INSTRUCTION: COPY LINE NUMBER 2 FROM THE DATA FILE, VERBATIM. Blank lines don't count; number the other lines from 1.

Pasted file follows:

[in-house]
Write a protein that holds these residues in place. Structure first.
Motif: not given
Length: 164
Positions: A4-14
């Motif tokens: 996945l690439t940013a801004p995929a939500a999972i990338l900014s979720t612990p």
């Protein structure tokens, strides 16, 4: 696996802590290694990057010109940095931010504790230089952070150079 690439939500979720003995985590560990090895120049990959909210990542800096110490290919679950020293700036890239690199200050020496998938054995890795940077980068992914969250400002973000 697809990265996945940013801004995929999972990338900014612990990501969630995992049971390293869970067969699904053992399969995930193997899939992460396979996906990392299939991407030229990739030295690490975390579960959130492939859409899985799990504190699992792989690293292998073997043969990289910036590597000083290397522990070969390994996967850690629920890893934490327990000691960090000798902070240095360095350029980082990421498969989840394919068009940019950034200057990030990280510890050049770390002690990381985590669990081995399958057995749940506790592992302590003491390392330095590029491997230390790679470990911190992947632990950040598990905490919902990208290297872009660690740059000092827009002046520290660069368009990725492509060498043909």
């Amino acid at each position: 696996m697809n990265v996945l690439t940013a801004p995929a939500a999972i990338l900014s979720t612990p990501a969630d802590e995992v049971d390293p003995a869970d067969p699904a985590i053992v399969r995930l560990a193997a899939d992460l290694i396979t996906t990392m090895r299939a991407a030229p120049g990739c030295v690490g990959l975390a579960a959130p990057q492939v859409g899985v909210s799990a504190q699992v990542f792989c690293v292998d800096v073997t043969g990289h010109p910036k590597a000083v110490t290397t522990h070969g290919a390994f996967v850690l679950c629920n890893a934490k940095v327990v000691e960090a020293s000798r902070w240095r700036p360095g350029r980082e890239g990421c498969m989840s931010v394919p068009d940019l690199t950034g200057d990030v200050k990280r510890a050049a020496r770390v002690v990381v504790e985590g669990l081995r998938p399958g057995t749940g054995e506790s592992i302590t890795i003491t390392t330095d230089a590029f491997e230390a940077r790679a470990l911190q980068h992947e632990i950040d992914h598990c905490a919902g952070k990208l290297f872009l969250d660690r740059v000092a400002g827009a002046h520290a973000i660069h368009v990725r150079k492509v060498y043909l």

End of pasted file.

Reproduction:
Write a protein that holds these residues in place. Structure first.